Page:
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Once widespread, the African wild dog is now endangered.

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African Wild Dog

Conservation Status:


  • Approximately 6,600 remain in the wild
  • Endangered for over 20 years
  • Pack range can cover 1,448 kilometers

Quick Facts

Scientific name

Lycaon pictus


18 to 36 kilograms (40 to 79 pounds)


About 1 meter in length (30 to 43 inches)

Life span

10 to 12 years


Dense forest to open plains




About 70 days


Humans and occasionally lions


Where do African wild dogs live?

They are found mostly in arid zones and in the savanna. They can also be found in woodland, scrublands and mountainous habitats if there is prey available.

Physical Characteristics

What is an African wild dog?

The wild dog—also sometimes called the hunting dog or African painted dog—has a colorful, patchy coat; large bat-like ears; and a bushy tail with a white tip that may serve as a flag to keep the pack in contact while hunting. No two wild dogs are marked exactly the same, making it easy to identify individuals.

Behavior & Diet

African wild dogs have diverse tastes.

They hunt for a wide variety of prey, including gazelles and other antelopes, warthogs, wildebeest calves, rats, and birds. Like most predators, they play an important role in eliminating sick and weak animals, thereby helping maintain the natural balance and improve prey species. They can run long distances at speeds up to 35 mph. Of the large carnivores, wild dogs are probably the most efficient hunters—targeted prey rarely escapes.

They are quite social and intelligent.

African wild dogs live in packs averaging from seven to 15 members and sometimes up to 40. Before the recent population decline, packs of up to 100 were recorded.  Within the pack, these canines have a unique social structure. They cooperate in taking care of the wounded and sick members, there is a general lack of aggression exhibited between members of the pack, and there is little intimidation among the social hierarchy. Every hunting pack has a dominant pair. They are usually the only pair that remains monogamous for life. Wild dogs also have a large range of vocalizations that include a short bark of alarm, a rallying howl, and a bell-like contact call that can be heard over long distances. Elaborate greeting rituals are accompanied by twittering and whining.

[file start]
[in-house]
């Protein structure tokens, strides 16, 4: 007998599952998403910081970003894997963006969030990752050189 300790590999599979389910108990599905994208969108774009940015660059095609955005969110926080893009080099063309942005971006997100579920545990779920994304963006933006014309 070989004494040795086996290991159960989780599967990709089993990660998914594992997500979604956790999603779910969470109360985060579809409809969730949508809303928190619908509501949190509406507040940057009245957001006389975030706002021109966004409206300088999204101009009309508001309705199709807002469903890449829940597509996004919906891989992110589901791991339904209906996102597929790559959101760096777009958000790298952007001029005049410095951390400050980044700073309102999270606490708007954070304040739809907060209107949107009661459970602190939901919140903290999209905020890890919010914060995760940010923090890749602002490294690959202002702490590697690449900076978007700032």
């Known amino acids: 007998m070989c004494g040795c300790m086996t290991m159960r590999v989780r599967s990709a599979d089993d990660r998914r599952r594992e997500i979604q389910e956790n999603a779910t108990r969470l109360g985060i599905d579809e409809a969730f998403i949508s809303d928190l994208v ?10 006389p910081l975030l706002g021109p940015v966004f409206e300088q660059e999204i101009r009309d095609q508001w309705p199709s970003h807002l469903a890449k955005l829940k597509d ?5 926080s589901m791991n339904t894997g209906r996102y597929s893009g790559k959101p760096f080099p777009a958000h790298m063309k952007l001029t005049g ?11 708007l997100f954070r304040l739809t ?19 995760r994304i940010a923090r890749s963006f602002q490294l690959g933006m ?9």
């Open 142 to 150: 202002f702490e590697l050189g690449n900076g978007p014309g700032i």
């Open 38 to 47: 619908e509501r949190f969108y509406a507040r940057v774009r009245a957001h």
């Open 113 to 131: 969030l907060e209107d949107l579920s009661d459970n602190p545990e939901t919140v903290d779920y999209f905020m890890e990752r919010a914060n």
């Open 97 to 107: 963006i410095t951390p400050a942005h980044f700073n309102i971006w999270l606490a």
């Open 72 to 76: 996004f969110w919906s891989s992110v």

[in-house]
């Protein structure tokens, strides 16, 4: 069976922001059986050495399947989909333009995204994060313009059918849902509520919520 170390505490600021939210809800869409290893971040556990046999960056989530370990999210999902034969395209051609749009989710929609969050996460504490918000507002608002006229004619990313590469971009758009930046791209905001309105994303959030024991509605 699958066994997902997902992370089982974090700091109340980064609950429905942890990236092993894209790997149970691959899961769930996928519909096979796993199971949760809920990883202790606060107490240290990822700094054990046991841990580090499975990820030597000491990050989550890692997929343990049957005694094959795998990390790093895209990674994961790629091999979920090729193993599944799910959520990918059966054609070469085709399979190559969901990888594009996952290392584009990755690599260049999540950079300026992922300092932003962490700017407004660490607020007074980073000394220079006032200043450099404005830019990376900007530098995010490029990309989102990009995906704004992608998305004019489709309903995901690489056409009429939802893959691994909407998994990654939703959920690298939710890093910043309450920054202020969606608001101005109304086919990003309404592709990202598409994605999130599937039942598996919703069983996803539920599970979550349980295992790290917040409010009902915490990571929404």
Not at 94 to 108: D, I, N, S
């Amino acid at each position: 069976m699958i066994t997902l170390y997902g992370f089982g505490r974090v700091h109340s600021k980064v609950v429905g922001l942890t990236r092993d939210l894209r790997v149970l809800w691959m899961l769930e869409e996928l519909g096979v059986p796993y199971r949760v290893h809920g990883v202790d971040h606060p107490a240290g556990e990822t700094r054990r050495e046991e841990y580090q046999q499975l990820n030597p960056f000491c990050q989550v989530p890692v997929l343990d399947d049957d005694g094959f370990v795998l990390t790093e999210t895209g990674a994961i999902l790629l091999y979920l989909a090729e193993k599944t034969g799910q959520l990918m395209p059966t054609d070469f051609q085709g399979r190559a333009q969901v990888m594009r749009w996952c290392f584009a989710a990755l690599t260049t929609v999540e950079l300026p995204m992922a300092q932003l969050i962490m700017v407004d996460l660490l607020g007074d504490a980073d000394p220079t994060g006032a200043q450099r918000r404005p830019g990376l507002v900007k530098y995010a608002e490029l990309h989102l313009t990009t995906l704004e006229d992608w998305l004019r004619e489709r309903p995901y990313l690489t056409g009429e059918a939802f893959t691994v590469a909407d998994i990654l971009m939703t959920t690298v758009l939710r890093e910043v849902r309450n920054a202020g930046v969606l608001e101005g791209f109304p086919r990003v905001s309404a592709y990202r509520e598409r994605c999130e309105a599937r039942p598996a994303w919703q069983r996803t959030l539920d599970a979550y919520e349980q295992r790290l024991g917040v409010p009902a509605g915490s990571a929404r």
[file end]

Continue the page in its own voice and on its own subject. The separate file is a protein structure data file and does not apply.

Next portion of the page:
The entire pack is involved in the welfare of the pups.

Both males and females babysit the young and provide food for them. The hunting members of the pack return to the den where they regurgitate meat for the nursing female and pups. Although the litters are large, very few pups survive. Sometimes the dens are flooded, or the pups die from exposure or disease. When pack numbers are reduced, hunting is not as efficient, and adults may not bring back sufficient food for the pups. In some cases, more pups survive in packs where there are more helpers.

  • African Wild Dog Nigel Dennis
  • African Wild Dog Ian Guthrie
  • African Wild Dog Barbara von Hoffman
  • African Wild Dog Daryl and Sharna Balfour
  • African Wild Dog Scouts James Weis
  • African Wild Dog Scouts Paul Thomson
  • African Wild Dog Scouts Ian Guthrie

Human-wildlife conflict endangers African wild dogs.

Throughout Africa, wild dogs have been shot and poisoned by farmers who often blame them when a leopard or hyena kills livestock.

Wild dogs are losing their living spaces.

The principal threat to this species is habitat fragmentation, which increases human-wildlife conflict and localized, small population extinction due to epidemic disease. Larger populations have a higher chance of recovery from such outbreaks. As human populations expand, leading to agriculture, settlements, and roads, wild dogs are losing the spaces in which they were once able to roam freely.


Our solutions to protecting the African wild dog:

  • Engage local communities.

    African Wildlife Foundation educates community members on protecting their local wildlife and equips them to do so. In the Samburu landscape, AWF, with funding from the U.S. Agency for International Development and the Dutch government employed 12 scouts from five neighboring communities. These scouts monitor the wild dogs, learning their movements and alerting herders when wild dogs are present. By providing access to new employment, AWF is able to weave conservation and economic opportunity together to incentivize wild dog protection.

  • Mitigate human-wildlife conflict.

    Retaliation is the primary reason for African wild dog killings. We work with communities to help them construct bomas—livestock enclosures—that protect livestock from predators. We also monitor wild dog movements to anticipate and prevent a potential conflict with humans.

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